Conquering Your Own Fears To Help Your Exceptional Child Conquer Theirs

Last week as I was driving in Michael’s school supplies taking a new route to his school with the GPS, I was reminded by my nervousness of one of my issues- my fear over my bad sense of direction. Michael had been challenging me all summer to go on drives with him to new places navigating me there correctly the majority of the time. It was nerve wracking, but an incredibly eye opening experience, both in pride seeing how amazing his sense of direction is and how I can conquer things that scare me when I put my mind to it.

You see, I am not someone blessed with a good sense of direction as I’ve alluded to in other blog posts, so this was a challenge to me. Even last Thursday alone in the car with no one judging my turns and directions, I was worried not about getting lost, but about handling the stress of doing something new. Wow. I was scared about breaking out of routine. Just like Michael.  But I did it and it felt great! I had Michael to thank for it.

My stress was about taking a new way to Michael’s school. Michael’s stress this summer stemmed from being around large groups of people and in noisier environments. I did my best to encourage small steps and he accomplished that, but not until Thursday morning did I fully understand how Michael felt. I had an AHA Moment. If this is how Michael feels when I am encouraging him to try something new, it really is a little on the terrifying side. What helped me do it? Well, it was the saying that I kept telling him all these years- you can’t be afraid to try something new. It’s important to use strategies to handle the stress, and then you’ll be amazed at what you can accomplish. Well, I took my own words to heart that morning and was proud of my little risk that ended well of course.

I rode through the anxiety and came out stronger. It got me thinking that if I now approached Michael’s sense of anxiety the same way I approached mine, I’d be a little more sympathetic and hopefully be able to offer more support towards his anxiety. Especially after handling something hard for me I could tell Michael I knew how he felt and commiserate better.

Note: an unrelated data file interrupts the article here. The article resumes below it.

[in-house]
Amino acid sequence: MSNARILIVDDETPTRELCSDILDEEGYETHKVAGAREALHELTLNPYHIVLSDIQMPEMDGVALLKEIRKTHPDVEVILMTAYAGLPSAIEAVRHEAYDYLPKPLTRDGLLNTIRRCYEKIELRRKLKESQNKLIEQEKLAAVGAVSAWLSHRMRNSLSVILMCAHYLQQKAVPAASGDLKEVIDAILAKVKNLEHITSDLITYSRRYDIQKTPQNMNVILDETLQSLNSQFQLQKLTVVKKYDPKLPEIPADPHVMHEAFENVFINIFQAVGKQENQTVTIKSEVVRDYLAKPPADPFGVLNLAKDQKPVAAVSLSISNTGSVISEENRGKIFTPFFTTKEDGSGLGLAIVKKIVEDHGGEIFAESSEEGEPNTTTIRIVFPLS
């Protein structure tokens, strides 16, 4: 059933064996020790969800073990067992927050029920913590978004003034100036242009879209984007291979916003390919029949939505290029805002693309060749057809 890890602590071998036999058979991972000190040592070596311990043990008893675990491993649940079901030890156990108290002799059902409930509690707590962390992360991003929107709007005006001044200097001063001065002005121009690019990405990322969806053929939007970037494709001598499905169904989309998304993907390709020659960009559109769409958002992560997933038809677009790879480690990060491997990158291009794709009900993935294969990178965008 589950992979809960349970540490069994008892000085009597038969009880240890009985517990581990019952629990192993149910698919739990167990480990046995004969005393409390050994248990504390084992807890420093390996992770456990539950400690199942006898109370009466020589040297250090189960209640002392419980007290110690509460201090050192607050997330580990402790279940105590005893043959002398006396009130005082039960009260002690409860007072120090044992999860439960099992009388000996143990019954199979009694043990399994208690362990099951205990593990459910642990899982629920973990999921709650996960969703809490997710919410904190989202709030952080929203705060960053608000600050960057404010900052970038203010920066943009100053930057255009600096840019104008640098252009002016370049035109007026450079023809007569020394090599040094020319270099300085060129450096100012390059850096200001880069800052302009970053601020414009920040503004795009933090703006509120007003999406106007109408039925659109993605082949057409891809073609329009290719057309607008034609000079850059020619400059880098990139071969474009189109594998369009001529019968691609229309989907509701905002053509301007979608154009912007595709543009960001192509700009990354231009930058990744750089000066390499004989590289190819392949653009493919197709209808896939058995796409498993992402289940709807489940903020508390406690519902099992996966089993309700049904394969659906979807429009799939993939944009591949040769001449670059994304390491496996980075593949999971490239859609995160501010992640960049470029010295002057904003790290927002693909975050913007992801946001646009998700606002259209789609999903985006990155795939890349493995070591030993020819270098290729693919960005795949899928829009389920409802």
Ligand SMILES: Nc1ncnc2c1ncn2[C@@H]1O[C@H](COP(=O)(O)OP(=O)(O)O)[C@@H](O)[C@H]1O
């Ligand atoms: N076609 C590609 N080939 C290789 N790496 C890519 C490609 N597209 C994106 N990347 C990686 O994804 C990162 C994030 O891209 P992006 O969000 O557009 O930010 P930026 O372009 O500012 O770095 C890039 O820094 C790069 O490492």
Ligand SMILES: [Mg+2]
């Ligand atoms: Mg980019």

I also realized I could tell Michael, how about I face one of my direction fears if you face one of your people fears? In time, we would both be overjoyed at having faced our difficulties, and not only survived but thrived through the tougher moments. I once again had renewed sympathy and amazement at all the times Michael has pushed through the fear and come out a winner. He learned to walk, communicate, ride a bike, swim, handle diabetes, and all sorts of things in between. He is a hero because he didn’t give up all those times, and I am a hero and a role model for him during the moments I don’t give up and keep moving forward. I realized last week it is important the two of us never give up on each other and keep trying.

Exceptional Parents, how do you handle fear and stressful events? I hope you face it head on and set that positive example for your Exceptional Child. If you don’t, that’s ok. You’re human. We all have times we’ve backed off and maybe it was for the best, as we weren’t ready body, mind and spirit. Think about changing that mindset in the future though, because if your child sees you facing your fears head on they will be more apt to face theirs and come out the winner. Until next time.

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